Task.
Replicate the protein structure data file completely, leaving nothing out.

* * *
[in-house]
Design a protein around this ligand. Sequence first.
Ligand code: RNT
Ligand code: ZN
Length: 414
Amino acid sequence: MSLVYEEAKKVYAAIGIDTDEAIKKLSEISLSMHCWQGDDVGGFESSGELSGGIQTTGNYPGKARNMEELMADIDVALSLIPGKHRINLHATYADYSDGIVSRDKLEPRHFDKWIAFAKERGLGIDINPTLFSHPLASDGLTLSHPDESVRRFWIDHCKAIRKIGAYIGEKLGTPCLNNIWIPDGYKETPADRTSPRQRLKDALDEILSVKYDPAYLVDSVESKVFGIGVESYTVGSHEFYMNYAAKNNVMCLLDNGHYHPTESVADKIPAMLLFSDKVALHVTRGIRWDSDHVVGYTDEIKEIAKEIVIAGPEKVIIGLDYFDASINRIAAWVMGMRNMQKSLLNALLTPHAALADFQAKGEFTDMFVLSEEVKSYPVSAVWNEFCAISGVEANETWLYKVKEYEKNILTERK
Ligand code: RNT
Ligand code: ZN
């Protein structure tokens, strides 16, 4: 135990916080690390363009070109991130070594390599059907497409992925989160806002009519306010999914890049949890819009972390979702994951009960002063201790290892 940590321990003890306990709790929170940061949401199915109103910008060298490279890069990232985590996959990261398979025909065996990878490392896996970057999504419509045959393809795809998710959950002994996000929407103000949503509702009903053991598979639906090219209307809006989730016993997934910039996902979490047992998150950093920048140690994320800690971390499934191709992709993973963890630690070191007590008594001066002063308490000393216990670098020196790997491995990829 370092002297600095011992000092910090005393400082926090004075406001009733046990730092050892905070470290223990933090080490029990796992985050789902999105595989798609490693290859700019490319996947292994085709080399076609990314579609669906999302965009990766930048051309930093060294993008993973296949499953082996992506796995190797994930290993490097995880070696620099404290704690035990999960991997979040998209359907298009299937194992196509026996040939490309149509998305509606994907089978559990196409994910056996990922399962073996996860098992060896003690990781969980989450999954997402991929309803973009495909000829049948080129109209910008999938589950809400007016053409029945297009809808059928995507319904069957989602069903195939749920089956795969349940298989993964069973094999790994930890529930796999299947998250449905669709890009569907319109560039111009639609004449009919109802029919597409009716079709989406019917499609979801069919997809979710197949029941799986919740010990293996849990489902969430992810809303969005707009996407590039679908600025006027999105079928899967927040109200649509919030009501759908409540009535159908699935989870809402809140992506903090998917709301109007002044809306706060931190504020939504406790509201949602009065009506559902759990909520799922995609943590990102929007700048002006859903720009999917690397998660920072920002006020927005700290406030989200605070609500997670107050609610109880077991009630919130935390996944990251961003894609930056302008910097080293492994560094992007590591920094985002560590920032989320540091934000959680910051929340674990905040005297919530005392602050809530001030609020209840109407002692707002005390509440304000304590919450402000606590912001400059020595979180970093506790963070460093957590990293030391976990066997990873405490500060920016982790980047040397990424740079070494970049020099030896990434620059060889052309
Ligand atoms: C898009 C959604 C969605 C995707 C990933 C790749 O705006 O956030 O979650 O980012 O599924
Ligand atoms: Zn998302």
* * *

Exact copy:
[in-house]
Design a protein around this ligand. Sequence first.
Ligand code: RNT
Ligand code: ZN
Length: 414
Amino acid sequence: MSLVYEEAKKVYAAIGIDTDEAIKKLSEISLSMHCWQGDDVGGFESSGELSGGIQTTGNYPGKARNMEELMADIDVALSLIPGKHRINLHATYADYSDGIVSRDKLEPRHFDKWIAFAKERGLGIDINPTLFSHPLASDGLTLSHPDESVRRFWIDHCKAIRKIGAYIGEKLGTPCLNNIWIPDGYKETPADRTSPRQRLKDALDEILSVKYDPAYLVDSVESKVFGIGVESYTVGSHEFYMNYAAKNNVMCLLDNGHYHPTESVADKIPAMLLFSDKVALHVTRGIRWDSDHVVGYTDEIKEIAKEIVIAGPEKVIIGLDYFDASINRIAAWVMGMRNMQKSLLNALLTPHAALADFQAKGEFTDMFVLSEEVKSYPVSAVWNEFCAISGVEANETWLYKVKEYEKNILTERK
Ligand code: RNT
Ligand code: ZN
């Protein structure tokens, strides 16, 4: 135990916080690390363009070109991130070594390599059907497409992925989160806002009519306010999914890049949890819009972390979702994951009960002063201790290892 940590321990003890306990709790929170940061949401199915109103910008060298490279890069990232985590996959990261398979025909065996990878490392896996970057999504419509045959393809795809998710959950002994996000929407103000949503509702009903053991598979639906090219209307809006989730016993997934910039996902979490047992998150950093920048140690994320800690971390499934191709992709993973963890630690070191007590008594001066002063308490000393216990670098020196790997491995990829 370092002297600095011992000092910090005393400082926090004075406001009733046990730092050892905070470290223990933090080490029990796992985050789902999105595989798609490693290859700019490319996947292994085709080399076609990314579609669906999302965009990766930048051309930093060294993008993973296949499953082996992506796995190797994930290993490097995880070696620099404290704690035990999960991997979040998209359907298009299937194992196509026996040939490309149509998305509606994907089978559990196409994910056996990922399962073996996860098992060896003690990781969980989450999954997402991929309803973009495909000829049948080129109209910008999938589950809400007016053409029945297009809808059928995507319904069957989602069903195939749920089956795969349940298989993964069973094999790994930890529930796999299947998250449905669709890009569907319109560039111009639609004449009919109802029919597409009716079709989406019917499609979801069919997809979710197949029941799986919740010990293996849990489902969430992810809303969005707009996407590039679908600025006027999105079928899967927040109200649509919030009501759908409540009535159908699935989870809402809140992506903090998917709301109007002044809306706060931190504020939504406790509201949602009065009506559902759990909520799922995609943590990102929007700048002006859903720009999917690397998660920072920002006020927005700290406030989200605070609500997670107050609610109880077991009630919130935390996944990251961003894609930056302008910097080293492994560094992007590591920094985002560590920032989320540091934000959680910051929340674990905040005297919530005392602050809530001030609020209840109407002692707002005390509440304000304590919450402000606590912001400059020595979180970093506790963070460093957590990293030391976990066997990873405490500060920016982790980047040397990424740079070494970049020099030896990434620059060889052309
Ligand atoms: C898009 C959604 C969605 C995707 C990933 C790749 O705006 O956030 O979650 O980012 O599924
Ligand atoms: Zn998302």